The following table is a portion of a data set from www.worldbank.org. Use the table to construct a time series graph for CO2 emissions for the United States.

CO2 emissions
Year Ukraine United Kingdom United States
2003 352,259 540,640 5,681,664
2004 343,121 540,409 5,790,761
2005 339,029 541,990 5,826,394
2006 327,797 542,045 5,737,615
2007 328,357 528,631 5,828,697
2008 323,657 522,247 5,656,839
2009 272,176 474,579 5,299,563
Table 2.20

Uses of a Time Series Graph

Time series graphs are important tools in various applications of statistics. When recording values of the same variable over an extended period of time, sometimes it is difficult to discern any trend or pattern. However, once the same data points are displayed graphically, some features jump out. Time series graphs make trends easy to spot.

How NOT to Lie with Statistics

It is important to remember that the very reason we develop a variety of methods to present data is to develop insights into the subject of what the observations represent. We want to get a "sense" of the data. Are the observations all very much alike or are they spread across a wide range of values, are they bunched at one end of the spectrum or are they distributed evenly and so on. We are trying to get a visual picture of the numerical data. Shortly we will develop formal mathematical measures of the data, but our visual graphical presentation can say much. It can, unfortunately, also say much that is distracting, confusing and simply wrong in terms of the impression the visual leaves. Many years ago Darrell Huff wrote the book How to Lie with Statistics. It has been through 25 plus printings and sold more than one and one-half million copies. His perspective was a harsh one and used many actual examples that were designed to mislead. He wanted to make people aware of such deception, but perhaps more importantly to educate so that others do not make the same errors inadvertently.

Again, the goal is to enlighten with visuals that tell the story of the data. Pie charts have a number of common problems when used to convey the message of the data. Too many pieces of the pie overwhelm the reader. More than perhaps five or six categories ought to give an idea of the relative importance of each piece. This is after all the goal of a pie chart, what subset matters most relative to the others. If there are more components than this then perhaps an alternative approach would be better or perhaps some can be consolidated into an "other" category. Pie charts cannot show changes over time, although we see this attempted all too often. In federal, state, and city finance documents pie charts are often presented to show the components of revenue available to the governing body for appropriation: income tax, sales tax motor vehicle taxes and so on. In and of itself this is interesting information and can be nicely done with a pie chart. The error occurs when two years are set side-by-side. Because the total revenues change year to year, but the size of the pie is fixed, no real information is provided and the relative size of each piece of the pie cannot be meaningfully compared.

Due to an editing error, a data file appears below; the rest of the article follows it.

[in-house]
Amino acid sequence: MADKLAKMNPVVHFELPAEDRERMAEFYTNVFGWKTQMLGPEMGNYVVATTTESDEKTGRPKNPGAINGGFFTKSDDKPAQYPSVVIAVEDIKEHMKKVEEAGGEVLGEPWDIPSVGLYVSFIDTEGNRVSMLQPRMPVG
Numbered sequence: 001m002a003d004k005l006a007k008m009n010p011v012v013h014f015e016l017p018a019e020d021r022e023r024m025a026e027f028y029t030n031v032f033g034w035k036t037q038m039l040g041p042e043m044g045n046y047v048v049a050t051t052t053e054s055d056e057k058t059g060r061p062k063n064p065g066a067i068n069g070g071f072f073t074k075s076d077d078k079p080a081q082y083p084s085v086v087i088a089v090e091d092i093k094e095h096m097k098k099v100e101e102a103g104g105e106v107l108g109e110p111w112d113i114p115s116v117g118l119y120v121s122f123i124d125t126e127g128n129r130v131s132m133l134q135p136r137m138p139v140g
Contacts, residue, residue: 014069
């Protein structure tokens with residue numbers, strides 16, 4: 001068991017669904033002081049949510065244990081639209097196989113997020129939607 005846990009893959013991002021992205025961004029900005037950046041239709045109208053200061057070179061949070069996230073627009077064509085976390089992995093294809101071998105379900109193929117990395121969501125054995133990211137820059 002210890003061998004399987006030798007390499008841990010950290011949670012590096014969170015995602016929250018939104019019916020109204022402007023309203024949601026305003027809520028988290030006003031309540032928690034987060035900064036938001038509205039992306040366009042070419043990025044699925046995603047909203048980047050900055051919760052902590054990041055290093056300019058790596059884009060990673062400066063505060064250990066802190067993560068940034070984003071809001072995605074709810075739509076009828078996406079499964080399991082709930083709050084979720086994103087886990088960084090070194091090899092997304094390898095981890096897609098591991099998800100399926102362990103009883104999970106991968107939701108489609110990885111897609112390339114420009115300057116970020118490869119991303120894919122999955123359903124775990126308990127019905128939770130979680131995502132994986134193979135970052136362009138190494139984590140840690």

Histograms can be very helpful in understanding the data. Properly presented, they can be a quick visual way to present probabilities of different categories by the simple visual of comparing relative areas in each category. Here the error, purposeful or not, is to vary the width of the categories. This of course makes comparison to the other categories impossible. It does embellish the importance of the category with the expanded width because it has a greater area, inappropriately, and thus visually "says" that that category has a higher probability of occurrence.

Time series graphs perhaps are the most abused. A plot of some variable across time should never be presented on axes that change part way across the page either in the vertical or horizontal dimension. Perhaps the time frame is changed from years to months. Perhaps this is to save space or because monthly data was not available for early years. In either case this confounds the presentation and destroys any value of the graph. If this is not done to purposefully confuse the reader, then it certainly is either lazy or sloppy work.

Changing the units of measurement of the axis can smooth out a drop or accentuate one. If you want to show large changes, then measure the variable in small units, penny rather than thousands of dollars. And of course to continue the fraud, be sure that the axis does not begin at zero, zero. If it begins at zero, zero, then it becomes apparent that the axis has been manipulated.

Perhaps you have a client that is concerned with the volatility of the portfolio you manage. An easy way to present the data is to use long time periods on the time series graph. Use months or better, quarters rather than daily or weekly data. If that doesn't get the volatility down then spread the time axis relative to the rate of return or portfolio valuation axis. If you want to show "quick" dramatic growth, then shrink the time axis. Any positive growth will show visually "high" growth rates. Do note that if the growth is negative then this trick will show the portfolio is collapsing at a dramatic rate.

Again, the goal of descriptive statistics is to convey meaningful visuals that tell the story of the data. Purposeful manipulation is fraud and unethical at the worst, but even at its best, making these type of errors will lead to confusion on the part of the analysis.